David Gordon Green’s film leaves more brain cells lost than scares endured.
By Matthew Royer, Political News Editor
What could have been. Imagine a film that is charming, scary, adds on to 2018’s “Halloween” and reinvents the iconic movie villain of Michael Myers. Now remove any expectation that matches that.
Delayed a year due to the pandemic, director David Gordon Green’s “Halloween Kills” takes off where its last predecessor left the viewer. Occurring forty years to the day of Myers’s last killing spree, survivor Laurie Strode (Jamie Lee Curtis) has finally put her assailant in what could be considered his grave. Although in traditional horror fashion, what seems to be reality is not, as Myers rises from ashes seemingly taking anyone out in his way. This leaves a rag-tag group of Haddonfield residents (Anthony Michael Hall, Charles Cyphers, Kyle Richards and Nancy Stephens) ready to avenge the lives lost and put an end to Myers’ madness.
If one could read the plot for this film they could believe this was any of the other 12 films in the franchise. When watched, the same feeling resonates as nothing new is learned and the formulaic structure followed is similar to any old horror film, instead of something special as felt by many when viewing 2018’s offering which provided a rejuvenation of the IP while matching every note of the original.
The fatal flaw the film creates is not through its structure or its characters fleshed out in previous films, it instead relies upon gore or “slashing” to advance the story. At times in the film, characters even try to explain Myers’ motivations for his killing sprees, but what these instances end up boiling down to is run-on dialogue that leave the viewer in the same spot they were minutes earlier when the scene began. Characters are only given a sense of clarity after having been exposed to blood or having to see one of Myers’s victims in front of them. Only then can the plot advance, eliciting a response from the audience that can be summed up to viewers checking their watch for time rather than pure amazement of what is being seen on the big screen.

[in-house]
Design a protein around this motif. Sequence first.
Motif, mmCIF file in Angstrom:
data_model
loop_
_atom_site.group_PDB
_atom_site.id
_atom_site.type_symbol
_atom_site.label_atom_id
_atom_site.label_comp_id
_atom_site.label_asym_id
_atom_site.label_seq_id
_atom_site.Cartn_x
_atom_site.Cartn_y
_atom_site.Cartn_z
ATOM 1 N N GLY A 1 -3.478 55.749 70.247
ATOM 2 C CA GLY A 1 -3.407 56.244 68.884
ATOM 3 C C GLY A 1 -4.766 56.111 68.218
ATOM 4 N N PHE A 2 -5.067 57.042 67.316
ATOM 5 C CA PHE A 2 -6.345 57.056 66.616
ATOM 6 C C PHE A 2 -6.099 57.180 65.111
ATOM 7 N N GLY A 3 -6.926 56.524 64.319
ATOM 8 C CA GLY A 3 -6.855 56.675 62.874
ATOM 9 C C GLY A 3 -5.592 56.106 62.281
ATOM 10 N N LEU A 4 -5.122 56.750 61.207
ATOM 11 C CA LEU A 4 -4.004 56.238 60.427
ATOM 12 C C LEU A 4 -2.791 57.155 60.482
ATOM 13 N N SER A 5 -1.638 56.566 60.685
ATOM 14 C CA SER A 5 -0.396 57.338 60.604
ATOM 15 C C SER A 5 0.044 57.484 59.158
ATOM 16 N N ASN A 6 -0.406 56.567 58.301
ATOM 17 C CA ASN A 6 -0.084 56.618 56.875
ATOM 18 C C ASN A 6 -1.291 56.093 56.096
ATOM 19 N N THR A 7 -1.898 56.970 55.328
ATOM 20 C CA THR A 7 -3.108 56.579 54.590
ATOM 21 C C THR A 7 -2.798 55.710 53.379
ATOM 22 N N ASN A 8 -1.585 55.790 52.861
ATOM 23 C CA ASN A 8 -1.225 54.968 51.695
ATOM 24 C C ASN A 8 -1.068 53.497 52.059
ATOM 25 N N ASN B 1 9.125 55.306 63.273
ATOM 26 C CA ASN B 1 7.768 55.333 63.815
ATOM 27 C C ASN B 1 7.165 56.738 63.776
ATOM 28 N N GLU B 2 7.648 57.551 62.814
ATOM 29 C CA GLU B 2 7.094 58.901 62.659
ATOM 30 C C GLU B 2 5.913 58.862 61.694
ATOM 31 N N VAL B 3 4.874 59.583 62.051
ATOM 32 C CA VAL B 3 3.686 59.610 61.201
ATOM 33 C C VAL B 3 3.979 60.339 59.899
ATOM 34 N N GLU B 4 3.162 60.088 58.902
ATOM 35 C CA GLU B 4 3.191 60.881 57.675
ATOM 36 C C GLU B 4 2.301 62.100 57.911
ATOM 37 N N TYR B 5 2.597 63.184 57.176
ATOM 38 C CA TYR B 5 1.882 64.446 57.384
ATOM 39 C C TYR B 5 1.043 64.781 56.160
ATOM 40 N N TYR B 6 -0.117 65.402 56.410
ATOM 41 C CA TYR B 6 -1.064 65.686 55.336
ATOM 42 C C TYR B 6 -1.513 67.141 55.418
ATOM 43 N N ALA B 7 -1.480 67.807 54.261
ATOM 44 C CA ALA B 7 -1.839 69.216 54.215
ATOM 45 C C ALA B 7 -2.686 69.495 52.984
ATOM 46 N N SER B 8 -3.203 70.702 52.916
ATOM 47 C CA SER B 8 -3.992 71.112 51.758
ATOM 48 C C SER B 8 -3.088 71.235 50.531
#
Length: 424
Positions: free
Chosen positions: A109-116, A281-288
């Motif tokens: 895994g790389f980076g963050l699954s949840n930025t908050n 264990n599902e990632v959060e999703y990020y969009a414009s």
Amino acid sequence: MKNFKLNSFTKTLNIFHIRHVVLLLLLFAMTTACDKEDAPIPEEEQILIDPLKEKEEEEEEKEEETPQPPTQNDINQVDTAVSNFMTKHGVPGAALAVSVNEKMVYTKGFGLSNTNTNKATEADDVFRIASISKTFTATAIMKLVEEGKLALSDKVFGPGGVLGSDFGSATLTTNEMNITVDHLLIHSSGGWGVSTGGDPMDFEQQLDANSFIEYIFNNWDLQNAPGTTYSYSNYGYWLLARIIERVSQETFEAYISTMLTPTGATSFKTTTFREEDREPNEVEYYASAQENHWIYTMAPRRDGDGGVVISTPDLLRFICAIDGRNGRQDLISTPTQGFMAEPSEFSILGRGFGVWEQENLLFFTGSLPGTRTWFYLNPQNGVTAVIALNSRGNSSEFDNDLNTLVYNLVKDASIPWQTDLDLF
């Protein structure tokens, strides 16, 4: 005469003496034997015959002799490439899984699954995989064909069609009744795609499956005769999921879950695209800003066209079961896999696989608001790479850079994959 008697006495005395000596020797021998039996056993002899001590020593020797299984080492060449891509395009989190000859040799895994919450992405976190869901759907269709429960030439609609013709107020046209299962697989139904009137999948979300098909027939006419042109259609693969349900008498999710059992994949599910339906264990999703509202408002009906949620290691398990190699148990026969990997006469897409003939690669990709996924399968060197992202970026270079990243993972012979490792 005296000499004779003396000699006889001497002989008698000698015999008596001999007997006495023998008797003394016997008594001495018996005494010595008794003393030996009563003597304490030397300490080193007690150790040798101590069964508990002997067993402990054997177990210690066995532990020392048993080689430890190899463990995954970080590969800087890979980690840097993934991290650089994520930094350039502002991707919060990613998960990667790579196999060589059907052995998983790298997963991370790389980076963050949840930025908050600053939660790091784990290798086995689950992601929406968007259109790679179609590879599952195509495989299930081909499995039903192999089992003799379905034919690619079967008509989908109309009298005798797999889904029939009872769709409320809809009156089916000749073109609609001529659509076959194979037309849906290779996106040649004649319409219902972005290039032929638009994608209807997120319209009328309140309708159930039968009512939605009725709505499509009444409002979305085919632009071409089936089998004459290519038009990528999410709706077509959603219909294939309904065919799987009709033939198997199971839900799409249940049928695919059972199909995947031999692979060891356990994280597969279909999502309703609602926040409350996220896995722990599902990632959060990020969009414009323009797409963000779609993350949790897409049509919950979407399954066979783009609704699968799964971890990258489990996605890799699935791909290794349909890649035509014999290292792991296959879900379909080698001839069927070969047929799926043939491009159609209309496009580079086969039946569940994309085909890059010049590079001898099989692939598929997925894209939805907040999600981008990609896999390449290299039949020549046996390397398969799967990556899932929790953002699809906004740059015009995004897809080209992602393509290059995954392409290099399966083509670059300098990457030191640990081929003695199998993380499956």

Acting is the least of the film’s problems. The efforts of the cast can be chalked up as a positive, doing the best they can with the mess of the script provided. Industry veterans such as Jamie Lee Curtis and Judy Greer give strong performances earning their keep in the long-awaited sequel. The former provided the film with enough oomph to convince horror audiences to keep their eyes out for the next installment coming next year.
If going to see the film in theaters, lower your expectations. To truly enjoy what filmmakers Gordon Green and Danny McBride have to offer, one must expect a film closer to Rob Zombie’s poorly received reboot of the franchise instead of the classic John Carpenter and Debra Hill provided audiences with in 1978.
“Halloween Kills” is a return to the mean for the “Halloween” franchise providing moviegoers with a repetitive mess leaving more substance in blood than plot.